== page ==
R.I.P. The World Series, 1903-2000
by Tim Gilbert | Penn State University
The World Series lived a long, prosperous life. It saw some incredible things in its ninety-seven years here on earth. It survived the Great Depression, five wars, and steroid scandals galore. When baseball lovers speak of the World Series of years past, they do so with awe in their voices and a twinkle in their eyes.
Wait. Isn’t the World Series alive and well, you ask? Didn’t the St. Louis Cardinals just win a World Series on Friday?
No, they did not. They won a sparkly trophy. But they did not win a World Series.
You see, believe it or not, there was a time not so long ago in this country when the words ‘World’ and ‘Series’ right next to each other meant something. And no matter how riveting, jaw-dropping, and heart-stopping the 2011 World Series between the Cardinals and Texas Rangers might have been, America didn’t care.
Baseball, the wonderful sport which we once honestly called America’s National Pastime, was the nation’s greatest release from the daily grind. Kids flocked to their local baseball diamonds in the heat of summer to not only play ball, but to socialize and live youth to its fullest. Businessmen took days off from work to bring their children to the ballpark to see their heroes play, to hear those nostalgic sounds of wood cracking against cowhide and the resounding thud of ball on glove.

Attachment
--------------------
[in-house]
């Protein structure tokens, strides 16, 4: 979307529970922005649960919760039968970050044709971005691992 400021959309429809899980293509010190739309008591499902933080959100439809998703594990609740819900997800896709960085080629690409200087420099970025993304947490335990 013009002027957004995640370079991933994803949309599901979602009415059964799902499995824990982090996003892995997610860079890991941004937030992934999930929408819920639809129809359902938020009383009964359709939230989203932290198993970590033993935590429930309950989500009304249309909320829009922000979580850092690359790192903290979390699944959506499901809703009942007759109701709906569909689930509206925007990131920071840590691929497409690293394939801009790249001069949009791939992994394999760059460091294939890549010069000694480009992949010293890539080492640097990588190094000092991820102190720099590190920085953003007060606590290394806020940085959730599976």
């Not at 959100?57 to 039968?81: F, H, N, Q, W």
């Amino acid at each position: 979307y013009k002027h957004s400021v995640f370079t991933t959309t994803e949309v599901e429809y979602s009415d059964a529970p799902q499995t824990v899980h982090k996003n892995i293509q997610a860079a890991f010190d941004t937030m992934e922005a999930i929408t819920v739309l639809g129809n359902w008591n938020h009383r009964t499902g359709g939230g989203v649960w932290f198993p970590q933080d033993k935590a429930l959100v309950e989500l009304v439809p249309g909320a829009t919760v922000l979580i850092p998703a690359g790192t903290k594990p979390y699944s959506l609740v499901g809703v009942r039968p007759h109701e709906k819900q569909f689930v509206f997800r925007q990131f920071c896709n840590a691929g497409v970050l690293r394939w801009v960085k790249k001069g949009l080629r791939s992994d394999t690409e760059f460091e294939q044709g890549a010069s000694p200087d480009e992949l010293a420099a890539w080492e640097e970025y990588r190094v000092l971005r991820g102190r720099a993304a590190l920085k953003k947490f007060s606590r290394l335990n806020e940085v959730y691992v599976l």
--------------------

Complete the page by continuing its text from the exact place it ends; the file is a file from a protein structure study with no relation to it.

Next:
The most brilliant part of the game was its simplicity. To play, a man throws a ball at a squatting man, and a man standing in between them tries to hit the ball as far as he can. Hell, the best player of all time – Babe Ruth – ate hot dogs and smoked cigars right in the middle of games. Humphrey Bogart, a member of The Rat Pack who knew how to enjoy the lavish life, once said, “A hot dog at the ballpark is better than steak at the Ritz.”
The game of baseball was beloved.
So you should see why the World Series was revered.
The World Series made every man in America put his life on hold, no matter what teams were playing in it and no matter what their circumstances (see Jack Nicholson in “One Flew Over The Cuckoo’s Nest” http://www.youtube.com/watch?v=JkLSbDudrjU). Families would huddle around their television sets to watch the country’s favorite athletes compete for the country’s greatest title in sports.
In the World Series, magic and miracles were to be expected. Ordinary men became heroes.
Then the World Series died peacefully. So peacefully, in fact, that many didn’t even know it was dead until recently.